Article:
Fiona McFarlane: Night Guest
Ruth is a seventy-five year old widow, who lives on her own (though with cats) in a house which was the holiday cottage she and her husband bought but which is now her sole residence. Her husband, Harry, died of a heart attack just over a year ago. He was walking to get the newspaper, as he did every morning, when he collapsed. He was helped by a woman driving by, Ellen Gibson, but, by the time the ambulance arrived, he had died. Ruth has two sons, Phillip who lives in Hong Kong, and Jeffrey who lives in New Zealand. Both are married with children. Ruth tends to hear things. As the novel starts, she is in bed and imagines there is a tiger in her living room. The cats do not seem to notice the tiger.
One day, out of blue, a taxi pulls up and a large woman gets out. She is Frida Young. She has been sent, she says, to help Ruth. She is not a nurse but a government carer. Initially, she only comes for an hour a day, brought in a taxi by her brother, George, who owns a taxi. George used to have a successful taxi company but alcoholism and general bad behaviour has left him with one battered vehicle. Frida is Fijian but she does not look Fijian. Ruth knows about Fiji. Her parents were a doctor and nurse respectively but also committed Christians. They set up a clinic in Fiji and they moved there when Ruth was still young, so she grew up there. It was when she was there that she first fell in love – with Richard Porter. Richard was a doctor, working with Ruth’s parents. He was caring and committed but also fairly unconventional, which means that he did not go to church. Ruth hoped something would blossom and she was very optimistic when he kissed her at the dance. When both left together on the same ship for Sydney, she was even more optimistic, particularly as he kissed her again. However, he also told her that he was engaged to Kyoko, a Japanese widow, and had not mentioned it before so as not to upset her or her parents. She never saw him again, though they continued to exchange Christmas cards, post cards and occasional letters. She had learned, for example, that Kyoko had died shortly before Harry.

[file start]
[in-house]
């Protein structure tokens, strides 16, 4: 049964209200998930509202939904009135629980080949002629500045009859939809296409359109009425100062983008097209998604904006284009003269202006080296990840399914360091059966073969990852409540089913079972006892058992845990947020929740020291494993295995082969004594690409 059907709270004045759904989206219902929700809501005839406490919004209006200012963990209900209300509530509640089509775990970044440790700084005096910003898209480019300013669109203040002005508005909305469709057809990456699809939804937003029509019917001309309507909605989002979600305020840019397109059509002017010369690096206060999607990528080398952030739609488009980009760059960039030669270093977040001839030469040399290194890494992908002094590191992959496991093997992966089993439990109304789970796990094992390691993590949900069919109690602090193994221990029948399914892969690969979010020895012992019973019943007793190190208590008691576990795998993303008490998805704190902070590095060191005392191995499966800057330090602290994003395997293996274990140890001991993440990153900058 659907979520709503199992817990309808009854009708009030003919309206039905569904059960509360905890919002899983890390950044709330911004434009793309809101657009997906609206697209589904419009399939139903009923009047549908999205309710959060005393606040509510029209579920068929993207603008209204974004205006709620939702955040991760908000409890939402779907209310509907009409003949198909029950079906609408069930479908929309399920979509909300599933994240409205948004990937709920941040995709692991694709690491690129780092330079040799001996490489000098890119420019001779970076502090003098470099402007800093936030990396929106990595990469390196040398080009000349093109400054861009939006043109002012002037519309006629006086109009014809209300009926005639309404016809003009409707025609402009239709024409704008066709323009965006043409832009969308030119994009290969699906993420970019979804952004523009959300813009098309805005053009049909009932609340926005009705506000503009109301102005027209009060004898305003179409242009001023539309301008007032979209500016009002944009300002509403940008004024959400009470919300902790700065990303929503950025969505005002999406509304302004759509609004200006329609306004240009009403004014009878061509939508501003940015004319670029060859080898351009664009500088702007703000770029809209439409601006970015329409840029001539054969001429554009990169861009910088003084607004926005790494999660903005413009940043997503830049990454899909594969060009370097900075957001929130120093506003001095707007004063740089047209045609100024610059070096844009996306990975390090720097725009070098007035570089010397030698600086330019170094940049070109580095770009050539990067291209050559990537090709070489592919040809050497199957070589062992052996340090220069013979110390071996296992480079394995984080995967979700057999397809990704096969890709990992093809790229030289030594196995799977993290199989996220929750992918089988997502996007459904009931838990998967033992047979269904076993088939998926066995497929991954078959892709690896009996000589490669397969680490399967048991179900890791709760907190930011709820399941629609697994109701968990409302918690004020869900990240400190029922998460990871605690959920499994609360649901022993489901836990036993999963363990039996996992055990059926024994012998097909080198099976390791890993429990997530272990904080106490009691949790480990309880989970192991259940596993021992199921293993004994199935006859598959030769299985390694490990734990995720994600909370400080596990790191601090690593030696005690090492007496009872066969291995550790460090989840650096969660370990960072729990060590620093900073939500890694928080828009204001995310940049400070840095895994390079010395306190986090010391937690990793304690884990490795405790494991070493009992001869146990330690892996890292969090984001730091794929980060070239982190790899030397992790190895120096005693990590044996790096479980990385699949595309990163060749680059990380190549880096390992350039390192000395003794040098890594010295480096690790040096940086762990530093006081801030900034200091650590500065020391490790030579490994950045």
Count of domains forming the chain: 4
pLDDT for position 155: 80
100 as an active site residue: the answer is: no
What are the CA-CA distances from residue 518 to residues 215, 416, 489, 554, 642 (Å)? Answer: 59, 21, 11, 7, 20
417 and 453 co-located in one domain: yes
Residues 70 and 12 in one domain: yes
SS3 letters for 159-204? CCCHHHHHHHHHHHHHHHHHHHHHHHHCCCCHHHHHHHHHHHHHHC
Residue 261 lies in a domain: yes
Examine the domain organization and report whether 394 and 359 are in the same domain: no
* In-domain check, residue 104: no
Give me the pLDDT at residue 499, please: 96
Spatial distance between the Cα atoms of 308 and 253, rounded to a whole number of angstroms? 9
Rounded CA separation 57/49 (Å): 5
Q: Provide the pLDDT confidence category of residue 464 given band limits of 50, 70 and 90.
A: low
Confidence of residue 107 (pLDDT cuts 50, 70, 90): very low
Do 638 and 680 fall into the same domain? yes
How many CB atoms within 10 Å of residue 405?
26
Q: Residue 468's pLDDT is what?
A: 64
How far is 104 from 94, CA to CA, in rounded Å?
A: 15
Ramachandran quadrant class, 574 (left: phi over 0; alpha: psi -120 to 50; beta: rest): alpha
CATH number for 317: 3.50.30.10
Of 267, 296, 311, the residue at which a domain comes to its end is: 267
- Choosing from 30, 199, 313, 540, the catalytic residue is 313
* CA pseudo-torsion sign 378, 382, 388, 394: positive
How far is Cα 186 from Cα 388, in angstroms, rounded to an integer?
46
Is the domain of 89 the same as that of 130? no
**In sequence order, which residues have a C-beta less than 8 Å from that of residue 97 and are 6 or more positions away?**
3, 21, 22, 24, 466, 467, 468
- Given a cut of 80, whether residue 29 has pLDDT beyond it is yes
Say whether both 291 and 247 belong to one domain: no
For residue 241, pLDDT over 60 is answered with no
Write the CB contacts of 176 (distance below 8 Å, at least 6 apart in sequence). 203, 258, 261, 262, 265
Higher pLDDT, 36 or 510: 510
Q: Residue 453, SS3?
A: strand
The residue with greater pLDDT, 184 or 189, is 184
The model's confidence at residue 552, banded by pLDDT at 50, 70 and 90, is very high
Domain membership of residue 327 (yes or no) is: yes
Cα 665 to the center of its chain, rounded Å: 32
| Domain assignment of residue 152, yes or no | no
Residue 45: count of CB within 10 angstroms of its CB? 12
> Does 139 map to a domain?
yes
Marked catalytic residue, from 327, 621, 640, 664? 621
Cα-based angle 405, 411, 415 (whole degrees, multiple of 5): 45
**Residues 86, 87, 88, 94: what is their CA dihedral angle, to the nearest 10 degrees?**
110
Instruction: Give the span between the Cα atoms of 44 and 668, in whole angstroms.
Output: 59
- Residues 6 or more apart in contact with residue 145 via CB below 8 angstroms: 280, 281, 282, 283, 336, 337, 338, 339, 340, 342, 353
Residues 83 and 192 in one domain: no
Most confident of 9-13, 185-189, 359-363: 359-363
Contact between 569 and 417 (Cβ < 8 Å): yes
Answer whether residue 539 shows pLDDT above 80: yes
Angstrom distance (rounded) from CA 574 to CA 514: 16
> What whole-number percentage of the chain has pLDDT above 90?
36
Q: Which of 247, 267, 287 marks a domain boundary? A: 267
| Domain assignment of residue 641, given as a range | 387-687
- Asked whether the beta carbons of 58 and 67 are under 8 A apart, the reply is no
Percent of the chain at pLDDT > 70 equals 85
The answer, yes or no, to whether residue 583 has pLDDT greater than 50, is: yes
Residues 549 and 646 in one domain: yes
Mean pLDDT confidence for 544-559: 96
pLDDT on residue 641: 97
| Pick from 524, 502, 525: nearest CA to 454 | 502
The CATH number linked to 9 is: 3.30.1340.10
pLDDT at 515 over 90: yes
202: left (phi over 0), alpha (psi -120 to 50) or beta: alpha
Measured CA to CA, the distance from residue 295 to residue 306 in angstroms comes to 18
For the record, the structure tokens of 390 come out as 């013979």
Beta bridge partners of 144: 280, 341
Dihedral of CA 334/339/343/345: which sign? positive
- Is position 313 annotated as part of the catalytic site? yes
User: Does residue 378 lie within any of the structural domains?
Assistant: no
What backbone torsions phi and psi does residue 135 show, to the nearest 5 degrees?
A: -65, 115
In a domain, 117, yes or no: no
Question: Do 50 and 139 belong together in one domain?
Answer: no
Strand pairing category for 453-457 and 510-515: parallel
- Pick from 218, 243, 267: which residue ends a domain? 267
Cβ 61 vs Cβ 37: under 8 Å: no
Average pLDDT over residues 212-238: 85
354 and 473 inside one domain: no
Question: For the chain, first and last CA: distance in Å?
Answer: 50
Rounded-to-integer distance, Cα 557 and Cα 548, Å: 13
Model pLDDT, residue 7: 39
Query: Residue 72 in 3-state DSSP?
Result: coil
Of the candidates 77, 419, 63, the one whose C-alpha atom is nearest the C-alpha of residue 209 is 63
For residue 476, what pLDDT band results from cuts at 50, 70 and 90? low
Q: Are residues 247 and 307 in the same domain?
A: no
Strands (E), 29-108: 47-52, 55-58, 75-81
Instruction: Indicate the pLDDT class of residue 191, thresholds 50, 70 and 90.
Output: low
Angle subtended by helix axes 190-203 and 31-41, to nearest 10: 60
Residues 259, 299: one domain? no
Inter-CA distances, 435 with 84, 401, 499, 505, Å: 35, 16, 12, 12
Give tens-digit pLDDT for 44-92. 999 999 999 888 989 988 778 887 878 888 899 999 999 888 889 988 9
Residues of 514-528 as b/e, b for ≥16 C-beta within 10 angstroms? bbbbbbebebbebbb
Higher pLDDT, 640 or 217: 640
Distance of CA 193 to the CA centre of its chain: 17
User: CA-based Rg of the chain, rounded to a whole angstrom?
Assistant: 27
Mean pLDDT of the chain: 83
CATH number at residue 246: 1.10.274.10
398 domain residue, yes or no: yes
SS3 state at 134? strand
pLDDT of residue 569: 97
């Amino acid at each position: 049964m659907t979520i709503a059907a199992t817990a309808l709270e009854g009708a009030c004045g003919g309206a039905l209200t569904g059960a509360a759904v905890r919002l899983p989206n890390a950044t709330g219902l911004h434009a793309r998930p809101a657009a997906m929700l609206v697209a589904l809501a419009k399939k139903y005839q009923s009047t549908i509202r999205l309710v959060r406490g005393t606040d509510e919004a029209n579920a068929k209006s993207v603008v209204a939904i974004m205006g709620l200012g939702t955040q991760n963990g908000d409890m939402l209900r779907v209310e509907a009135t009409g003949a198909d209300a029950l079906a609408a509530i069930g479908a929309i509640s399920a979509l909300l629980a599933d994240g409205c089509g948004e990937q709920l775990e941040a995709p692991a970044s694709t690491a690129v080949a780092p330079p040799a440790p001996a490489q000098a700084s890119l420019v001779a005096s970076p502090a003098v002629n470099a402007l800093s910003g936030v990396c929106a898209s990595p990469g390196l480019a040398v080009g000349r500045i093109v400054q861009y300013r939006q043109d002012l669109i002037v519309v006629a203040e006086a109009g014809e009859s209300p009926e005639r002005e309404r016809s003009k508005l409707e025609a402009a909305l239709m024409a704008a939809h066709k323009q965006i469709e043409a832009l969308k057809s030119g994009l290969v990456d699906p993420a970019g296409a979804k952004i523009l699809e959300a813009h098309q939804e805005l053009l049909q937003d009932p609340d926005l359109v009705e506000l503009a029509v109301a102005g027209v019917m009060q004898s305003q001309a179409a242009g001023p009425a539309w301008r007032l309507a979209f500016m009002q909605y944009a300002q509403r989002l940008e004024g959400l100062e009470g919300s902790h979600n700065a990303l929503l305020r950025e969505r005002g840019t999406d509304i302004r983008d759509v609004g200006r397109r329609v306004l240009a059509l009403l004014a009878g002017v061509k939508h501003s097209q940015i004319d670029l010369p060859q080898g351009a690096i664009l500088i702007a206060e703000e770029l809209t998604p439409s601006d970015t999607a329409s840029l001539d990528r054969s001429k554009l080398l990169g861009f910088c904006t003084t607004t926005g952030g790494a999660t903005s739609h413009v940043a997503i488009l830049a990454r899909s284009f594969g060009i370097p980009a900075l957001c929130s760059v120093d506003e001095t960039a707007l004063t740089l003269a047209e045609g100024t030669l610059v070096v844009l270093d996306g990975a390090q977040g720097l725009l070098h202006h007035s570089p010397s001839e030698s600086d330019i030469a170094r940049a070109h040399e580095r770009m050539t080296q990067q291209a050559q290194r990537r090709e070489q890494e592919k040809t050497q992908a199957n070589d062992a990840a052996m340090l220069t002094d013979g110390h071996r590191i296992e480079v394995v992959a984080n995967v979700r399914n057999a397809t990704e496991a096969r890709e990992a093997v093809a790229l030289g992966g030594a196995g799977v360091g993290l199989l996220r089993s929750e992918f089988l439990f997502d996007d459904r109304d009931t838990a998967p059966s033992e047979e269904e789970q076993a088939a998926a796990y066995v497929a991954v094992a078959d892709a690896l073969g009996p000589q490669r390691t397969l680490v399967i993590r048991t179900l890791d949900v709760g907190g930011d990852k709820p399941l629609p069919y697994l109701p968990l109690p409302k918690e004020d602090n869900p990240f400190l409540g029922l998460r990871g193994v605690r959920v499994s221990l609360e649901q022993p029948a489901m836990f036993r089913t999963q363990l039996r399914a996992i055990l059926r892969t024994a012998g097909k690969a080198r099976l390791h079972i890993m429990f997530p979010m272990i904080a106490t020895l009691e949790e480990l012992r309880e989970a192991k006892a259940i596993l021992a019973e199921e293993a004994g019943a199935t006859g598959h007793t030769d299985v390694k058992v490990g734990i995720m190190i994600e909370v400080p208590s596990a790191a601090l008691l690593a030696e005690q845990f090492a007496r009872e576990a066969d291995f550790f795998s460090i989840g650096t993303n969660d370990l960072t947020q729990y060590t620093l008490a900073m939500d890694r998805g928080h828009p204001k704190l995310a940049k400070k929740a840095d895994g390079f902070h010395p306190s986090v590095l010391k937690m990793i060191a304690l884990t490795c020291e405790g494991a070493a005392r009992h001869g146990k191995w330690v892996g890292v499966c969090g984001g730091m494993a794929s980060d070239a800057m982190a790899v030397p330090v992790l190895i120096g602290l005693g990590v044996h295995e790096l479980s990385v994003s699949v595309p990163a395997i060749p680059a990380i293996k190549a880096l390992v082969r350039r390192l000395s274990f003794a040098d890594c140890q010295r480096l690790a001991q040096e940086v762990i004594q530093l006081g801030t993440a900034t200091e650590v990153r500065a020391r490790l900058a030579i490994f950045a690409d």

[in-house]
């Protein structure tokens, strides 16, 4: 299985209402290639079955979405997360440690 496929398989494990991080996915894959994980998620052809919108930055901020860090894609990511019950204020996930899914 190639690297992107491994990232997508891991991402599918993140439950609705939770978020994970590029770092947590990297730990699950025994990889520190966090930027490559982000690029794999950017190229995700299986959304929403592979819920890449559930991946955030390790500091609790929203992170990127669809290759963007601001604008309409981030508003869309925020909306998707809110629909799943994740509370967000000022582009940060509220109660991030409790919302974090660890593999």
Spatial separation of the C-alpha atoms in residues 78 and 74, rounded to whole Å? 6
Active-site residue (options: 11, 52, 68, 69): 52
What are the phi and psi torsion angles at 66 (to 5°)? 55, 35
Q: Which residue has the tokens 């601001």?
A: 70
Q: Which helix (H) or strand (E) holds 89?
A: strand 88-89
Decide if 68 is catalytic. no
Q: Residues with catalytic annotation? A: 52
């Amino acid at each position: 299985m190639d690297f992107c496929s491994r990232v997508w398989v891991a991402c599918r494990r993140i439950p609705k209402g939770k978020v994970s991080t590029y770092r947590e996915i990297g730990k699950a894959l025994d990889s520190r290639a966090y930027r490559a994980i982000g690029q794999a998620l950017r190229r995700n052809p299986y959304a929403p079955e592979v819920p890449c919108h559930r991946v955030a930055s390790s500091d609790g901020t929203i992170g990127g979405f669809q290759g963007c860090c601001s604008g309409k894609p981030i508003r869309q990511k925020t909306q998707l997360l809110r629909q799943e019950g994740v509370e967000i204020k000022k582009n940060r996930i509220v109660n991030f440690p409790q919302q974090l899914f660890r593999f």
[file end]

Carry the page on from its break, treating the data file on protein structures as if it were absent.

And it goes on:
Meanwhile, Frida is coming regularly. She brings free oranges that George somehow gets. She cleans and she cooks. Ruth becomes more dependent on her and Jeffrey approves. There are forms to be filled out but that seems easy enough. Frida is large but is apparently on a diet. She has formally divorced food (she even has a certificate to that effect) though Ruth can see no signs of her losing weight. Harry had left Ruth a car but she does not like driving it. Frida knows a man and he comes along and gives her thirteen thousand dollars for it.
Eventually, Ruth decides she should contact Richard and invite him to stay. She does and he agrees. Frida agrees to provide extra help (for a charge) and does. Though he is now eighty, he does not seem to have changed much and the pair get on. When it is bedtime, Richard casually mentions Frida and her room. Ruth is surprised. Frida has no room in the house and, so she thought, had already left. However, she soon discovers that Frida has co-opted one of the rooms and is, indeed, staying. Ruth is horrified and tells her to leave. Frida refuses to go and there is an argument. However, things are resolved in the morning when Ruth learns that Frida and George have had a row and Frida has nowhere else to go. Meanwhile, Richard suggests that he and Ruth live together.
All during this book, we have been having doubts about Frida. Is she genuine? Is she really sent by the government? There is no doubt that Ruth’s mental health is not what it was. Indeed, the tiger reappears. So she becomes something of an unreliable narrator. Even though she is not the narrator, we do see many things through her eyes. Frida seems to be doing a lot to help Ruth without any charge. Jeffrey seems to accept her and she does seem to have various papers and forms of an official nature. Ruth clearly becomes very much dependent on her and grows very fond of her and trusts her very much. If she has an ulterior motive, it s not clear what it is. McFarlane, of course, does develop the plot and we do find out more about Frida, George and, indeed, Ruth. It is a well told tale and McFarlane keeps us guessing as to what is going on till the end.
First published 2013 by Hamish Hamilton